As I determine my marketing budget, I am curious as to what percentage of ones budget you feel a budding design business should dedicate to marketing and what return should one expect for the first year or so on that percentage.
Typically, when you’re doing things according to a textbook, you allocate a percentage of estimated sales to sales/marketing. It can range from 5-25%, depending on the nature of the industry and what phase the company is in (startup, growth, etc.). Realistically, if you’re writing a business plan for yourself, a blueprint to follow to grow your company, it’s practically meaningless to use percentages unless your projected revenues are so large (millions) that a percentage based estimate would provide you with an ample budget.
You need to really know the costs. You need to have some idea of what it will take to launch your line and get placement in the projected number of retail stores. You could find that it takes a tremendous amount of money to reach your goals in the startup phase.
The reality is you have to spend on marketing, and you probably will spend more than you anticipated. Gotta print line sheets, that’s a sales/marketing expense (and even in black and white, there still is usually a cost). Gotta travel to make sales calls, sales/marketing expense. Gotta pay commissions to reps, that usually falls under sales and marketing too. Photos, sales/marketing, samples, sales/marketing. Yes, most people think that sales samples are a production expense, well technically speaking your fit samples are but your sales samples are a sales/marketing expense.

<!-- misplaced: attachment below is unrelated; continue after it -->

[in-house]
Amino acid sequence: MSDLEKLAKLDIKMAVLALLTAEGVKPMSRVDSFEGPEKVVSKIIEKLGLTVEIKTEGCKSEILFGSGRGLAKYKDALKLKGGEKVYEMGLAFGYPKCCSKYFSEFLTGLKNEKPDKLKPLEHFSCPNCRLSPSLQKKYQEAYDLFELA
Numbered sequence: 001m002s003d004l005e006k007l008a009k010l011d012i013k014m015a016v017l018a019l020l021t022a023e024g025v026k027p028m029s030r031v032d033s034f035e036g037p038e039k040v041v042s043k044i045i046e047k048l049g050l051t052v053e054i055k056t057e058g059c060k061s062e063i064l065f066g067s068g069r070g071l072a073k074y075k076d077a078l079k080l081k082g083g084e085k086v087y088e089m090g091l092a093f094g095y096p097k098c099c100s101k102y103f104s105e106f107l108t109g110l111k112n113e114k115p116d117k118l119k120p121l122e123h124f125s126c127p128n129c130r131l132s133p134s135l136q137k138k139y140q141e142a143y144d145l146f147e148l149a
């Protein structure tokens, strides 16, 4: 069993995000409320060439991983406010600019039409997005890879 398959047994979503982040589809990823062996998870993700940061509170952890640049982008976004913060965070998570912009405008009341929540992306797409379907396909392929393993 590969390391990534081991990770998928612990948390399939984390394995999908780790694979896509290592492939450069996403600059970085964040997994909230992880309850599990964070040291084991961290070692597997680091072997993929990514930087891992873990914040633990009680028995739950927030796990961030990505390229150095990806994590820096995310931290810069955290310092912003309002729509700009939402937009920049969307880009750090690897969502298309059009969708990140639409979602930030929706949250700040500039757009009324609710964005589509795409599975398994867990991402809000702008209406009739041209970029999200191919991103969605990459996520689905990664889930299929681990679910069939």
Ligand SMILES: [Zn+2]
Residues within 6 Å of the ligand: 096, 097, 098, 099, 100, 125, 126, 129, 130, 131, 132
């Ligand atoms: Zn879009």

So what you really have to do is figure out how much you need to sell. Then you figure out, using an average based on your past orders, how many stores will need to buy from you to meet those sales projections. Say you need to sell 200 pcs of your spring collection and on average, each store orders 5 pieces. Well then, you need at least 40 accounts placing orders. How are you going to get 40 accounts to place orders? What are you going to do and how much is it going to cost? This is how you get your numbers.
You have to do that, as a small business, otherwise your projections, estimates and percentages are meaningless because you don’t actually know how you’re going to get there and what it’s going to cost.
You may find that trade shows are not the most cost effective way to reach your prospective buyers. You may be able to rabble up those accounts hitting the road and getting a commissioned sales rep. You may find other, creative and less expensive methods of reaching those retailers.
It’s hard to give a blanket percentage because some product lines will take more money to launch than others. Some product lines are no brainers, Some product lines are innovative and pioneers and will make it through exposure and word of mouth; some are “me three” products in a crowded market. Having been through the business plan thing a fair number of times, I find that the projections and estimates are most helpful when they are based on strategy and planning, and you can actually use them to run your business because the data is qualified, versus getting textbook scenarios and textbook percentages.